Macau Casinos Rebound With 4.4 Percent February Gain, Win Totals $3.14B
Posted on: March 1, 2019, 09:55h.
Last updated on: March 1, 2019, 09:55h.
Macau casinos bounced back from a disappointing January with a 4.4 percent gross gaming revenue (GGR) win in February.
Casino win across the enclave totaled nearly $3.14 billion. The month followed a five percent loss to begin 2019 that saw gaming floors keep a little more than $3 billion.
Through the first two months of the year, Macau casinos have won $6.22 billion, a negligible 0.5 percent decrease. Analysts aren’t overly concerned.
On a combined basis, January/February 2019 was flat year-on-year,” Sanford C. Bernstein analysts Vitaly Umansky, Eunice Lee, and Kelsey Zhu said in a note. “The January/February 2018 period saw year-on-year growth of 20 percent setting up a difficult year-on-year comparison.”
February featured the all-important Chinese New Year holiday, a weeklong festival that largely affords mainland citizens time off from their jobs. The Macau Government Tourism Office (MGTO) said over 1.2 million people traveled to the world’s richest gambling hub during the Spring Festival.
Analysts had predicted a wide two percent to 15 percent GGR growth in February.
The economic climate in Macau is cloudy, as many concerns hover over the Special Administrative Region (SAR). All six of the region’s casino operators – Sands, MGM, Melco, Wynn, SJM, and Galaxy – will see their concessions expire over the next three years.
The ongoing trade tensions between the US and China pose threats to the gaming industry. Three of the permit holders are American-based companies. The International Monetary Fund (IMF) suggested recently that escalating relations between the two world powers could hamper those three casino operators from making continued investments in the enclave.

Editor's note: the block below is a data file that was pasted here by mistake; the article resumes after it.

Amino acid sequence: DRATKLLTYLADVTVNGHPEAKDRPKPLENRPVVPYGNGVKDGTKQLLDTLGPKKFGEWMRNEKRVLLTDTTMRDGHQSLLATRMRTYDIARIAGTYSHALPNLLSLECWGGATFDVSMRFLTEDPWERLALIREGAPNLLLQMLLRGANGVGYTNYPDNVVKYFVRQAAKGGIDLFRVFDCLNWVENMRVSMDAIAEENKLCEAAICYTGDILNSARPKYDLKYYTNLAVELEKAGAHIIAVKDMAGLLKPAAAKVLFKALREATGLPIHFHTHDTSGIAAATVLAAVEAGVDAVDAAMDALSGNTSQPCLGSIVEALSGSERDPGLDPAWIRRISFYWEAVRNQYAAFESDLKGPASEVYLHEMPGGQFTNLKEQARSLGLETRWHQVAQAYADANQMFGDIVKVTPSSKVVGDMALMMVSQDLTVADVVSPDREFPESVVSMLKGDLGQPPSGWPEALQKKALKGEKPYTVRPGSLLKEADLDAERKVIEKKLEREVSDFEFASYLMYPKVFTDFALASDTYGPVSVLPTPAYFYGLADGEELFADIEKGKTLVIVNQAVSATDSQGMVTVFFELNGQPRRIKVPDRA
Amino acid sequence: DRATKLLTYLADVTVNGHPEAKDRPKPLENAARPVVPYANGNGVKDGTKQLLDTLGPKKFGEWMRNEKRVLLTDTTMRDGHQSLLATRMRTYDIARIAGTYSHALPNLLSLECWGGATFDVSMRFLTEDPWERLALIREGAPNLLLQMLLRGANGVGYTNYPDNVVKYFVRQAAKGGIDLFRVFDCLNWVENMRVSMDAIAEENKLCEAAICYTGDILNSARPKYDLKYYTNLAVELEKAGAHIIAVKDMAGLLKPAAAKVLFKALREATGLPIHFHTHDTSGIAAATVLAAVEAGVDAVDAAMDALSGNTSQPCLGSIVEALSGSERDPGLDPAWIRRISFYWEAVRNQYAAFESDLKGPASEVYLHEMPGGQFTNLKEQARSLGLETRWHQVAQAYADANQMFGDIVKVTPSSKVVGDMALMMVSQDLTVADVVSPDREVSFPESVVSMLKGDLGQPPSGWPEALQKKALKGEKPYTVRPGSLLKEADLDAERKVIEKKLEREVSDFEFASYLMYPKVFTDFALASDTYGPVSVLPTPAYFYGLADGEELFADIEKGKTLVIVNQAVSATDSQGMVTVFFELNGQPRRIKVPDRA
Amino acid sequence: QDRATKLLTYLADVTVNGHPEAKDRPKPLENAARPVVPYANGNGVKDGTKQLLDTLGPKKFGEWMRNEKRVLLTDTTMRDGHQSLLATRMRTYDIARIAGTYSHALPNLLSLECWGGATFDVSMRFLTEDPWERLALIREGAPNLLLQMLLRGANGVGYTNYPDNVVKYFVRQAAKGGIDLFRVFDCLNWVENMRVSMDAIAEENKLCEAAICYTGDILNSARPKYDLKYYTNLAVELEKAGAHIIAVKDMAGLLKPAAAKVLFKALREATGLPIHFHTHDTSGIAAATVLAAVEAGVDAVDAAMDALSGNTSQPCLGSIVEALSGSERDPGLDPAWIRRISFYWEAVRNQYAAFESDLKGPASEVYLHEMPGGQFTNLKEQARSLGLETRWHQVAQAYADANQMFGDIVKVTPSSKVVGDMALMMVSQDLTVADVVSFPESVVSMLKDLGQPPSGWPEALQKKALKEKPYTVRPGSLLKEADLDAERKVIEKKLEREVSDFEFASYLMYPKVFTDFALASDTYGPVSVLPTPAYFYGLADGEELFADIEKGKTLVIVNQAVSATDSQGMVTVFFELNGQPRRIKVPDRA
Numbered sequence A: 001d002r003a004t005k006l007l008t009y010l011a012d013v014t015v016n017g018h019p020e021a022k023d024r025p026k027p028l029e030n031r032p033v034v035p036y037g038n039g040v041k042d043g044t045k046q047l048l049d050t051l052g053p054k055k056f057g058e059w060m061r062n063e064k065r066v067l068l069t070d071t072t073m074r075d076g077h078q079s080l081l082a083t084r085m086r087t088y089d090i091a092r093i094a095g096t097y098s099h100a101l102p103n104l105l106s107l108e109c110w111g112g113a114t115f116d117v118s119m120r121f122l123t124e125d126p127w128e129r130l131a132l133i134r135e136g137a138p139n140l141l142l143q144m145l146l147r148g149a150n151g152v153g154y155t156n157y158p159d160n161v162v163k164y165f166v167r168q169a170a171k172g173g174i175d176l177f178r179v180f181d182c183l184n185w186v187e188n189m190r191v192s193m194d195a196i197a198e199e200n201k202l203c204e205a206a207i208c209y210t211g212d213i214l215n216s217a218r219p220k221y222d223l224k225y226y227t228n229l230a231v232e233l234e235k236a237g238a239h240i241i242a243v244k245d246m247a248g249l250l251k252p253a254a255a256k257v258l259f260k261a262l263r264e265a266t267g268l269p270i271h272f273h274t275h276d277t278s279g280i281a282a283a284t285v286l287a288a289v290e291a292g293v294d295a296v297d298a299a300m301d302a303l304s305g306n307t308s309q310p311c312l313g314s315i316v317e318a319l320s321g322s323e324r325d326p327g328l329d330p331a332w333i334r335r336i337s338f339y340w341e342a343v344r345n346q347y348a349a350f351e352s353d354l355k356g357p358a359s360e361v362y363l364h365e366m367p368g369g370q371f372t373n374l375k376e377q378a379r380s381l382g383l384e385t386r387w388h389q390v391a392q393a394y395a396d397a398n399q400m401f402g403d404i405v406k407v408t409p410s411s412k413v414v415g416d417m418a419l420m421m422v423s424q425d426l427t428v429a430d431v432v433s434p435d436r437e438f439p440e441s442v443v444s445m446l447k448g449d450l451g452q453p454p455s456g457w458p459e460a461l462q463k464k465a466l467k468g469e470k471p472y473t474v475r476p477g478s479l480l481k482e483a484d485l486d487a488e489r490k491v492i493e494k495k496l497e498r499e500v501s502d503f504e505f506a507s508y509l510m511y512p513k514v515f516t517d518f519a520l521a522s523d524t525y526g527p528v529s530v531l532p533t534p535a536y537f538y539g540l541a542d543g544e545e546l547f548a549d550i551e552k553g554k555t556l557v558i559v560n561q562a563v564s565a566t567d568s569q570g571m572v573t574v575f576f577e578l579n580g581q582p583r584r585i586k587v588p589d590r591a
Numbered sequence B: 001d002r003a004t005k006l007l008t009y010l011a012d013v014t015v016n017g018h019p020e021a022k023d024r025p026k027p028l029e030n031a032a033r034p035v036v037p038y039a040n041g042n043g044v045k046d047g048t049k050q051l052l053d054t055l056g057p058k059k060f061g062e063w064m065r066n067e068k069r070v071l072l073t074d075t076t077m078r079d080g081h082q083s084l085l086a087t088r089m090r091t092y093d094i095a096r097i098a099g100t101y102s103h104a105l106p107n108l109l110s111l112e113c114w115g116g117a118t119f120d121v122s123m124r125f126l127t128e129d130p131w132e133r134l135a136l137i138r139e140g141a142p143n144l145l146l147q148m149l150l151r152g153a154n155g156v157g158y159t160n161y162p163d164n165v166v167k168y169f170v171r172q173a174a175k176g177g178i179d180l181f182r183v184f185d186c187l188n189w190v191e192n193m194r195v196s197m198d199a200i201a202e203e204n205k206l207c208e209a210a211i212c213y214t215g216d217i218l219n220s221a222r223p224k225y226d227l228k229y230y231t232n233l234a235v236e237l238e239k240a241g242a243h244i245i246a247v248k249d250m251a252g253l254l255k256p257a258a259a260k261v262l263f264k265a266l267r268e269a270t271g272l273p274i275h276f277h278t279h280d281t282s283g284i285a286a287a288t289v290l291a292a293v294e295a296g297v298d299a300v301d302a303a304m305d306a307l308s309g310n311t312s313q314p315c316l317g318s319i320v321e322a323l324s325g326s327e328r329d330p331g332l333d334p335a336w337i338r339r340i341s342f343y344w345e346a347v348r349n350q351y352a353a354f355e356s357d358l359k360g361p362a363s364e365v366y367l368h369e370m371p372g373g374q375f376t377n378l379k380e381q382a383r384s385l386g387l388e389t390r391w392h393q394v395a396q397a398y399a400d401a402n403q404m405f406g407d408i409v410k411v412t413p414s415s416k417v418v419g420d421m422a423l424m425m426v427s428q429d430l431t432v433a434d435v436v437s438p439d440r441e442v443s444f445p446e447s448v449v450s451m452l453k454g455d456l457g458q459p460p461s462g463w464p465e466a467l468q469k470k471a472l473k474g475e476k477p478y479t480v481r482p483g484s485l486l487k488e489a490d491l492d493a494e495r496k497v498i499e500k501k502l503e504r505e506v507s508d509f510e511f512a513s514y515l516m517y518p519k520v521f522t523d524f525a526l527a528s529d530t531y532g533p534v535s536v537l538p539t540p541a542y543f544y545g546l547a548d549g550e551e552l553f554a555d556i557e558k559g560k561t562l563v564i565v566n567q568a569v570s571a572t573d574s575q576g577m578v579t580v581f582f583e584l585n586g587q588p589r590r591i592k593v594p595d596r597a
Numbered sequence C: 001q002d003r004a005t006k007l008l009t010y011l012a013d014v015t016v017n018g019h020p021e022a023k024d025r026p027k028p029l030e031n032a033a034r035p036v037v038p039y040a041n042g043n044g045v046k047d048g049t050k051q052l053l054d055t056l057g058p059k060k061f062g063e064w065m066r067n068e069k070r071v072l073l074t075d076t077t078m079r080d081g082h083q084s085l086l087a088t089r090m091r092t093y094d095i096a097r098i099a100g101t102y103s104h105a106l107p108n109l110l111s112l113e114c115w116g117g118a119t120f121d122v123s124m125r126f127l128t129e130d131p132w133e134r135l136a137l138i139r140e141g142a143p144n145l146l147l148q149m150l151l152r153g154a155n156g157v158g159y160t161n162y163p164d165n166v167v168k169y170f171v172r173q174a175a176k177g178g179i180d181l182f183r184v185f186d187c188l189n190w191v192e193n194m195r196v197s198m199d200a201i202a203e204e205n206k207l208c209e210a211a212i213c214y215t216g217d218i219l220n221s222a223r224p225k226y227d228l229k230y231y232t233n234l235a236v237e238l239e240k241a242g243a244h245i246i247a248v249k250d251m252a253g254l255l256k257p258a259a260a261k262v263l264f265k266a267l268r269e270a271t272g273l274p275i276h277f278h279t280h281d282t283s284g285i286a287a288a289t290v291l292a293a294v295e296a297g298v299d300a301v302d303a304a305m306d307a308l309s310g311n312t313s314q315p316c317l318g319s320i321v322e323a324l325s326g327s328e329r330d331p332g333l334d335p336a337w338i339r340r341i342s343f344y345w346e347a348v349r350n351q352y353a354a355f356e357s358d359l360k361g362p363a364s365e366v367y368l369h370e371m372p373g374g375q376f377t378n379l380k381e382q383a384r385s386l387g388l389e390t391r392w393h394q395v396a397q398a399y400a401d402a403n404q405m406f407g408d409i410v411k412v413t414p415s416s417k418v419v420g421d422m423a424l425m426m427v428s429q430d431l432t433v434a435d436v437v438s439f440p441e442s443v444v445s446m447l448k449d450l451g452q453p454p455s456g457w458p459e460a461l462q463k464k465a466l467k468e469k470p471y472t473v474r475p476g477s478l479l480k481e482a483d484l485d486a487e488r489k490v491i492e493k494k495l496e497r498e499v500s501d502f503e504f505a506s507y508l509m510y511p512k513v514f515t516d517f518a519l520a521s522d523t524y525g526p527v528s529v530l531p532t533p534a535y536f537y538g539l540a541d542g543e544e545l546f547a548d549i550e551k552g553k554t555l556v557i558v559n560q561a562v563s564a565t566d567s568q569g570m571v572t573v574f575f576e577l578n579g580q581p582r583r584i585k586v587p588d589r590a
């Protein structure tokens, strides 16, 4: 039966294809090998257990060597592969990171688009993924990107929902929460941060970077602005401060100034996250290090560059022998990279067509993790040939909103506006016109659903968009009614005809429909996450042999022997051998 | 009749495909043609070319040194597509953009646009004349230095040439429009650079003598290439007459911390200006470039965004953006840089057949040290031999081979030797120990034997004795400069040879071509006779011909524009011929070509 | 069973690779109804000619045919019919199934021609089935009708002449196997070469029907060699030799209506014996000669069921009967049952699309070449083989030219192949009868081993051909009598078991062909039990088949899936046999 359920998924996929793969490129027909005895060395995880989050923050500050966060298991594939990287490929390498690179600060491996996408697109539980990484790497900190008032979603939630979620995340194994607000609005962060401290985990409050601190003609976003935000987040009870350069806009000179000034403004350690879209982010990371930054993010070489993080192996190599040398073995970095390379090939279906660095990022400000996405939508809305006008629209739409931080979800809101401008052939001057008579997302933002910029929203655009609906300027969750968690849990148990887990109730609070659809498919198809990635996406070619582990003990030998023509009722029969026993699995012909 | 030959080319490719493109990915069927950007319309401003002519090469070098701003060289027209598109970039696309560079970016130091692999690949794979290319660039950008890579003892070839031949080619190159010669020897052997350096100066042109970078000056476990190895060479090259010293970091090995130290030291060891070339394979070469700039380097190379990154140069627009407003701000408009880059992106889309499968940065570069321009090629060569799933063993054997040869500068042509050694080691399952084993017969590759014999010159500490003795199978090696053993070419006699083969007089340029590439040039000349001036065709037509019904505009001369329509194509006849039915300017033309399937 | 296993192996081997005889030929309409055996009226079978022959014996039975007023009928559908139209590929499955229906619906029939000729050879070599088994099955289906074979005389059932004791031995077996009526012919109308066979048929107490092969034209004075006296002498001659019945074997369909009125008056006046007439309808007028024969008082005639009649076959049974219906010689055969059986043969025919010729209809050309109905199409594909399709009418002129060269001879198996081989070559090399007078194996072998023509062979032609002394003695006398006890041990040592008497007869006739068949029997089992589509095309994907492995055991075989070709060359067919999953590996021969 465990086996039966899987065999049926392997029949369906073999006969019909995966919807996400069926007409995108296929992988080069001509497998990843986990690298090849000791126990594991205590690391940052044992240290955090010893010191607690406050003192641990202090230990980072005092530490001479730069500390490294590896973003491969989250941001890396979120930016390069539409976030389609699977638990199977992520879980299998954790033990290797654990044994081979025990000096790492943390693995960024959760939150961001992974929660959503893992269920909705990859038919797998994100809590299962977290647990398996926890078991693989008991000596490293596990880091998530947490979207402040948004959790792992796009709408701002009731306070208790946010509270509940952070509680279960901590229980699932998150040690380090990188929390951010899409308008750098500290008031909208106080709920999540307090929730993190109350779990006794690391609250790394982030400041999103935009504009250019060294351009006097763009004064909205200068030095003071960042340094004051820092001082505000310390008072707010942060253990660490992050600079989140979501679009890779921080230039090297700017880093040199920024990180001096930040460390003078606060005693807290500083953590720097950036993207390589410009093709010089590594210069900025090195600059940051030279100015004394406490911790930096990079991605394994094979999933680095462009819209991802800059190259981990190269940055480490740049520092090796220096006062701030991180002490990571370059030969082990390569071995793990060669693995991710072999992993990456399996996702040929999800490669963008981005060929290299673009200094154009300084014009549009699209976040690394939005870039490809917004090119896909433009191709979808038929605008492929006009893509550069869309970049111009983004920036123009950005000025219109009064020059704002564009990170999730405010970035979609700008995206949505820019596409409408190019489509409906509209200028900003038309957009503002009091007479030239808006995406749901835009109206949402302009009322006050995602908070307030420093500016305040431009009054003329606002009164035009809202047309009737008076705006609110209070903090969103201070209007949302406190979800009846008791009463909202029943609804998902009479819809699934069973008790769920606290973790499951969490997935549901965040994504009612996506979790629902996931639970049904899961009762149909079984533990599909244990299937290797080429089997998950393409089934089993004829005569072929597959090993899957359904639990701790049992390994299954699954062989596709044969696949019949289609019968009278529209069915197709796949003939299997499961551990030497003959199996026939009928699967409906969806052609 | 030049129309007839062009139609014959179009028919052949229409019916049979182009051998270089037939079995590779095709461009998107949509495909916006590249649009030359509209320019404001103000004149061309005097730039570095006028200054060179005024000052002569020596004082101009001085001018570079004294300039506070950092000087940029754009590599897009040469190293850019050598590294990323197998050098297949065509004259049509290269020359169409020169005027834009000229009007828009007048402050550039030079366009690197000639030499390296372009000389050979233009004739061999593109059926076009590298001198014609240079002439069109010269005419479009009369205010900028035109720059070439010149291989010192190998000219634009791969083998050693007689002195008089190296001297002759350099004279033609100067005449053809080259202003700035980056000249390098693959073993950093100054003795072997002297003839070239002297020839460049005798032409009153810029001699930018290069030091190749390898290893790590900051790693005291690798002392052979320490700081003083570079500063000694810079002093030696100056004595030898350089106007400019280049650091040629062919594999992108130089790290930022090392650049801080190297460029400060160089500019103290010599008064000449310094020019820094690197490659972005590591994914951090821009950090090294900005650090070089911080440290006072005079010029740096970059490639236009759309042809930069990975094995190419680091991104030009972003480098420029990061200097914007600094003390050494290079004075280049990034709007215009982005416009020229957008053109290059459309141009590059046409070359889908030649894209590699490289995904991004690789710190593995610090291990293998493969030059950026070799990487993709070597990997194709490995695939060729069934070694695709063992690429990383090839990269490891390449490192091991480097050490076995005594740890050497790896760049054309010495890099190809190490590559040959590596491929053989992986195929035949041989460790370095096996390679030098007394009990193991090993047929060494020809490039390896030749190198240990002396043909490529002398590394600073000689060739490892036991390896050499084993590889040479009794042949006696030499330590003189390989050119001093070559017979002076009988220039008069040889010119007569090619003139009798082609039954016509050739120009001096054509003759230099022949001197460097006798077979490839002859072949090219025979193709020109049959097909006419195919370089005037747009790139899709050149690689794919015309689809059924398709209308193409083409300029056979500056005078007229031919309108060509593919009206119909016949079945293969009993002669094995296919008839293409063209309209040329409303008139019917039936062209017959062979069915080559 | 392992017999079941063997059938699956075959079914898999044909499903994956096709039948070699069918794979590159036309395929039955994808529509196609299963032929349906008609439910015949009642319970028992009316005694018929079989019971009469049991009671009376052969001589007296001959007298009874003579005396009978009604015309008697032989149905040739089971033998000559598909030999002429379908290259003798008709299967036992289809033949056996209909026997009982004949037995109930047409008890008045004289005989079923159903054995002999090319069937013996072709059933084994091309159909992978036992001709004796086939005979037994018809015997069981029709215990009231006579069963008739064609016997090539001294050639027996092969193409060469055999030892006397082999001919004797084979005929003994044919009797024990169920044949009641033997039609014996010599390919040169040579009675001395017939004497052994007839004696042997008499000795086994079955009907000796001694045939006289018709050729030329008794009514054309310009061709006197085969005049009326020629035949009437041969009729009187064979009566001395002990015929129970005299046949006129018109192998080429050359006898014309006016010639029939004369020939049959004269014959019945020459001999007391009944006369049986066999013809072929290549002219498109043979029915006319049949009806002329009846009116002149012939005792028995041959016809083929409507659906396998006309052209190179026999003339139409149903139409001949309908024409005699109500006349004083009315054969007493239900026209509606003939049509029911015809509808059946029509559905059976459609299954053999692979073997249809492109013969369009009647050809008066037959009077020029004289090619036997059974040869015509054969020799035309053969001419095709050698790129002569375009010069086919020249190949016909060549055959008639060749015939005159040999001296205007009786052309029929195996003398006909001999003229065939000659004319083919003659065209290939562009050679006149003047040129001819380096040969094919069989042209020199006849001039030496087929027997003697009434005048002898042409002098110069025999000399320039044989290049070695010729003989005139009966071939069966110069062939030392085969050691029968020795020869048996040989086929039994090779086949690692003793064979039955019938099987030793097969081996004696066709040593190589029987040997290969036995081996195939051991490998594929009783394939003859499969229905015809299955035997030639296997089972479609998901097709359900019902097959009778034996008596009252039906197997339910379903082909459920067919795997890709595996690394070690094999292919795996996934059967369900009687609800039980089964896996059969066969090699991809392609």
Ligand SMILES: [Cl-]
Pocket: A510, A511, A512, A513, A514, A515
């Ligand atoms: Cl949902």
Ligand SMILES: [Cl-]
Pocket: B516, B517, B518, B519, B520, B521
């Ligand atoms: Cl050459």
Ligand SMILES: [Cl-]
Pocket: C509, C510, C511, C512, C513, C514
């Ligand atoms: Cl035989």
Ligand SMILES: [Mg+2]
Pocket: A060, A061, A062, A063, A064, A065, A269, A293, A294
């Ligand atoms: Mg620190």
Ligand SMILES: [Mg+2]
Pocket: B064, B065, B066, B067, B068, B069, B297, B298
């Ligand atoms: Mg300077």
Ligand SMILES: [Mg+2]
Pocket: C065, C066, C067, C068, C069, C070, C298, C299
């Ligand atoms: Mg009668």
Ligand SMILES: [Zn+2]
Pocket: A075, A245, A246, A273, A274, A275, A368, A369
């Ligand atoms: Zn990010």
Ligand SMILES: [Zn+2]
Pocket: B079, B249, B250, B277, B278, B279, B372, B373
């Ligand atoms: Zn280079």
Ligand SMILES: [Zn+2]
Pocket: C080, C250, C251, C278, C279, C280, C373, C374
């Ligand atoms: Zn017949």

The People’s Republic additionally lowered its economic growth projection for 2019 to six to 6.5 percent. In Macau, IMF analysts believe 5.5 percent growth will be experienced.
The mainland’s ability to influence Macau’s economy is of utmost concern. Regulatory conditions such as President Xi Jinping’s implementation of a crackdown on VIP junket groups in 2014 can have grave consequences.
Macau casinos have focused on growing mass market tourism. As a result, after three years of GGR declines, the enclave has recorded back-to-back increases, with total win coming in at $37.85 billion last year.
But trepidations regarding the trade war, slowing mainland economy, and weakening yuan all continue to cast doubt over the year ahead.
Macau officials want the enclave to reduce its reliance on gaming and VIP high rollers. It’s a concept that the mainland federal government shares.
In February, China issued guidelines to Macau that detailed developing a “Greater Bay Area” around the Pearl River Delta. The 2018 opening of the 34-mile, six-lane Hong Kong-Zhuhai-Macau Bridge now drastically shortens automobile travel time between the two SARs.
Macau is the only area in China where gambling is legal. The region was returned to the People’s Republic in 1999 after being controlled by Portugal for more than a century. 2019 marks the 20th anniversary of Chinese governance of the enclave.